After staying quiet for months following his swearing-in as head of the agency, Federal Housing Finance Agency (FHFA) Director Mel Watt took the stage at the Brookings Institution this week to outline his own plans for the GSEs.
Like FHFA's original Strategic Plan for Enterprise Conservatorships, released under the direction of former acting director Edward DeMarco in 2012, the newly unveiled plan is built on three blocks: maintain, reduce, and build. However, Watt's revised plan suggests a shift in focus toward broadening credit access.
The first—and perhaps biggest—difference in the new plan is a greater emphasis on the "maintain" portion, which calls for the continued push for foreclosure prevention efforts and greater liquidity in the single-family market. While that point originally counted for 20 percent of FHFA's yearly Conservatorship Scorecard, it now has double weight at 40 percent.
"[O]ur overriding objective is to ensure that there is broad liquidity in the housing finance market and to do so in a way that is safe and sound," Watt said.
To help ease uncertainties in the lending space and facilitate growth, Watt revealed FHFA is "making a number of refinements" to address concerns about repurchase risk, including relaxing the payment history requirement for granting representation and warranty relief. According to Watt, under FHFA's direction, both Fannie Mae and Freddie Mac are now allowing two delinquent payments in the first 36 months following a loan's acquisition.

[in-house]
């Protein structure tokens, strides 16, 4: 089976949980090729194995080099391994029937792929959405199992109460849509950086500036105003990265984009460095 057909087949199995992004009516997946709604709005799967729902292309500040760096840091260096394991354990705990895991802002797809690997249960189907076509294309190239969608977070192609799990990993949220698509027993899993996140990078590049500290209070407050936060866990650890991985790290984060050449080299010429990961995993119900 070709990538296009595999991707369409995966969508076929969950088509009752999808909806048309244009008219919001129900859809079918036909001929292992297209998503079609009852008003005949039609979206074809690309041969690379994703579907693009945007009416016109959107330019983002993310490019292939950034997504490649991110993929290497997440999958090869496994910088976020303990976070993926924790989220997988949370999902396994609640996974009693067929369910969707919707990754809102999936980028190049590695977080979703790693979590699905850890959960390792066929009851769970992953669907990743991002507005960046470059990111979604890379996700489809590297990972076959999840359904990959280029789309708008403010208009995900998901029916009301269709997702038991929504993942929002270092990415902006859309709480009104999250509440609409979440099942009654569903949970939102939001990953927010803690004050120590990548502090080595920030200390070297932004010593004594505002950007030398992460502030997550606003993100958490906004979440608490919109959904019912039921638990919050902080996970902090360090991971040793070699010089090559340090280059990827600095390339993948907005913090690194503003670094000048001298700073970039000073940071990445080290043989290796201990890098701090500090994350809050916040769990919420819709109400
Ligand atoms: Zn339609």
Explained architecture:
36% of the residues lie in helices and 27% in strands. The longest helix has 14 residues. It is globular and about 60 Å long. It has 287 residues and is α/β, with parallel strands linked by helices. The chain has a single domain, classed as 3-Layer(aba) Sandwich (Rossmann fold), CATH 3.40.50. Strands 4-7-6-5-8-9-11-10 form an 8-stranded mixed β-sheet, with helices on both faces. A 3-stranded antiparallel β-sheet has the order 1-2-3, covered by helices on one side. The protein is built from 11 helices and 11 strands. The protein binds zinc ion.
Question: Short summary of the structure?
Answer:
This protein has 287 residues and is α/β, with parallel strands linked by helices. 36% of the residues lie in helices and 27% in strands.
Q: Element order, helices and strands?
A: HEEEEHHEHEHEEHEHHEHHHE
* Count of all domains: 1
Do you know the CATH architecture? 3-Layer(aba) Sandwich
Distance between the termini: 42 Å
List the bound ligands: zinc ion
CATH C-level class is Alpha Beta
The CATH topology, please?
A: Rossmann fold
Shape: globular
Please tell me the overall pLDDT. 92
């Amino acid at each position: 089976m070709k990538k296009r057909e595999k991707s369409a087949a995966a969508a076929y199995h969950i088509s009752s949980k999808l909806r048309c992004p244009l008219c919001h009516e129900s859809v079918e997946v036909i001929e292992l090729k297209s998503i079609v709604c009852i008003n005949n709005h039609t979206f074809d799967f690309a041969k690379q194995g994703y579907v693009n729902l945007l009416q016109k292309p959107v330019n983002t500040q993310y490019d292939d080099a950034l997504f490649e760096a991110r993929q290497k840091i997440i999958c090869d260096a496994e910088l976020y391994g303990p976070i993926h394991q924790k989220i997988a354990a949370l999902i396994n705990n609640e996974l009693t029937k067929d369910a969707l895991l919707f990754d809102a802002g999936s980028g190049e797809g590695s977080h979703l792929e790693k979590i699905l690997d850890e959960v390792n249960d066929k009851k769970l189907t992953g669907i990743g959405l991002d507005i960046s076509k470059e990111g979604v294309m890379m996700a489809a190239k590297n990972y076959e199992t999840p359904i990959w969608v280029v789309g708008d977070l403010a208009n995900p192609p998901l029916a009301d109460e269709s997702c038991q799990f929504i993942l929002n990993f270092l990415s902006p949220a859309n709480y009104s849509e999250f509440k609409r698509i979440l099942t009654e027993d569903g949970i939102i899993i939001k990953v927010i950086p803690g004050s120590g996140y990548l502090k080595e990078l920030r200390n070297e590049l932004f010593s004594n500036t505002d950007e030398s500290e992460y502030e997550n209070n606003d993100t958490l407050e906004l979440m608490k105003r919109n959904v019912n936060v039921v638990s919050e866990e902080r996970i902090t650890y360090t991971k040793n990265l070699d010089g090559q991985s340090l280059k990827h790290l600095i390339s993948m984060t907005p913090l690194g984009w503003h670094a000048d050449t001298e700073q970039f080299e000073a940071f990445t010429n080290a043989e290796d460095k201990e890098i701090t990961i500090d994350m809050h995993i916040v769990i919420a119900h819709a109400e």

The enterprises have also been directed to eliminate automatic repurchases when a loan's primary insurance is rescinded.
In addition, Watt announced that the agency will not use its conservator authority to bring down current loan limits in response to industry reactions following a proposed reduction last year.
"This decision is motivated by concerns about how such a reduction could adversely impact the health of the current housing finance market," he said.
One topic not discussed in Watt's inaugural speech was the ongoing discussion over housing finance reform, in particular what will happen to the GSEs.
That doesn't mean he avoided it completely, however: "I am well aware, and regularly express my belief, that conservatorship should never be viewed as permanent or as a desirable end state and that housing finance reform is necessary. However, Congress and the Administration have the important job of deciding on housing finance reform legislation, not FHFA," he said. "Instead, our task is to continue to fulfill our statutory mandates, to execute our Strategic Plan and to manage the present status of Fannie Mae and Freddie Mac."